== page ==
Catherine, (above) I would love to know more details about this restaurant you speak of! Sounds like the makings for a great blog post!!!!
Organic and Thrifty
Mary P. says
Thank you so much for posting this, I loved it! I will now patronize Chipotle’s :)))
Raine Saunders says
Almost two years ago, my husband said he heard a report on NPR about these restaurants using sustainable meat, so it made our traveling experiences just a little easier since then.
Of course, I always think about stuff like this, but…I wonder how their tortillas are made (and where does their rice come from)? I always think about GMOs when I go to restaurants and public places, and I know Steve Ells is conscientious, but I didn’t hear anything about that in the report. I don’t want to be the naysayer, but I just know that in any other case, if it’s not otherwise labeled, it’s probably GMO.
Raine — The way I see it, when I eat out, I’m definitely making compromises. So, I try to do the best I can. In my book, the highest nutritional priorities go to meat & dairy being well-sourced (from grass-fed, wild, or free-range animals). If I can’t get that, it’s at least nice to know the meat/dairy is from animals raised w/o the use of antibiotics or hormones. My next priority in eating out is trying to avoid trans fats (so no foods fried in veggie oil) and eating as few yellow oils (corn, soybean, canola, etc.) as possible. My next priority is to try to eat as few grains as possible because they are ALL going to be improperly prepared. (I’ll sometimes allow rice, depending on the rest of the meal and what else I’ve eaten that day/week.) I have zero hope of getting organic veggies & fruits, so I simply try to avoid the most pesticide-laden fruits & veggies (not the crops that use the most pesticides, but the plants that have the most residual pesticides in them after washing) like peaches, strawberries, and leafy greens.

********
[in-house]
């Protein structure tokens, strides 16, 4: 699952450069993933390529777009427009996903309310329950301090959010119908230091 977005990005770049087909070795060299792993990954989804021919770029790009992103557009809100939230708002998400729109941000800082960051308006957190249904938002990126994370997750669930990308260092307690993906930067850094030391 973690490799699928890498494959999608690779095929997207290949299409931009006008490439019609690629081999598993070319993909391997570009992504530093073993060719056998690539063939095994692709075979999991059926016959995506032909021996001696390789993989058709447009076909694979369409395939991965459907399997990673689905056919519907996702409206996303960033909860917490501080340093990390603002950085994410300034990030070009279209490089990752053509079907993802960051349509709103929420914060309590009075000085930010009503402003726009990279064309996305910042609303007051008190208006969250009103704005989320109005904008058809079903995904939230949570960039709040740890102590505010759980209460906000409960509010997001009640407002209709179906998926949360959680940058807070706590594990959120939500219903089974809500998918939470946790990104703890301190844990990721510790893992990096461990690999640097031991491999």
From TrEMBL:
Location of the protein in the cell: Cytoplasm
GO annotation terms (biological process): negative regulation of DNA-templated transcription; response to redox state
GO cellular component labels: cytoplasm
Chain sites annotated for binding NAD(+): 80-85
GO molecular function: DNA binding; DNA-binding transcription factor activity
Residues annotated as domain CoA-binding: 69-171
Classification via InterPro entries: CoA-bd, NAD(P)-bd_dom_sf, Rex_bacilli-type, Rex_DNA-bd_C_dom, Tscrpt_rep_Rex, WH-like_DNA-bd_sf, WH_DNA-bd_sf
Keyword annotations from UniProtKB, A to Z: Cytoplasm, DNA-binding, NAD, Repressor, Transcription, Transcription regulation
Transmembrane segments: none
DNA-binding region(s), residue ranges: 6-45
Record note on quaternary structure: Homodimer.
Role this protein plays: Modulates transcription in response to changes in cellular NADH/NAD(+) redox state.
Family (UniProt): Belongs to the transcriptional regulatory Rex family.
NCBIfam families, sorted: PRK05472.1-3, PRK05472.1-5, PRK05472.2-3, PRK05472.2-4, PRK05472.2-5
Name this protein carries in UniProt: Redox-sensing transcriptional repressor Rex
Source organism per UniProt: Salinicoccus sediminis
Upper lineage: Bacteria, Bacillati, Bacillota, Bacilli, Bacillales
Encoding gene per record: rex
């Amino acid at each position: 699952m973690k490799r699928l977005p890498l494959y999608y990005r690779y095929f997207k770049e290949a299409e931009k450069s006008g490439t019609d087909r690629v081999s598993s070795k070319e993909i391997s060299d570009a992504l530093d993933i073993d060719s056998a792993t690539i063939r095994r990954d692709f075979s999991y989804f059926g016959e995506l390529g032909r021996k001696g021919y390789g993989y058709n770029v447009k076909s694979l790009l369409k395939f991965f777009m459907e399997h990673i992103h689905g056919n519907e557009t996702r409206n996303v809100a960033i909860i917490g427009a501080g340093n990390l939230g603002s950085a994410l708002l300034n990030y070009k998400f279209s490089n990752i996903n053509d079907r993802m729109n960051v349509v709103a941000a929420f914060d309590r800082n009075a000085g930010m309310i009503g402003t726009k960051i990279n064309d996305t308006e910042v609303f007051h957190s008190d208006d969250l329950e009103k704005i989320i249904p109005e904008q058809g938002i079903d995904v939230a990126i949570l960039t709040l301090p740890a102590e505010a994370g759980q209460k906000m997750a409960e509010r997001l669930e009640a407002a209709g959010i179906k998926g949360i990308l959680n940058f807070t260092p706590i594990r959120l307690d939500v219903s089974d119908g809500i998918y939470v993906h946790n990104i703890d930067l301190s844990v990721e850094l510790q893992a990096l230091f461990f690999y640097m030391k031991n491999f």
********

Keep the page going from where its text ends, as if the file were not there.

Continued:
Now then, that’s just an order of priority for me, my own personal rules for eating out without feeling especially guilty. I don’t eat out very often, but when I do, I try to do the best I can based on those priorities.
So, by those priorities, a carnitas burrito bowl (the innards of a burrito w/o the tortilla) at Chipotle is looking pretty good, particularly if I saddle it with guacamole & sour cream.
Raine Saunders says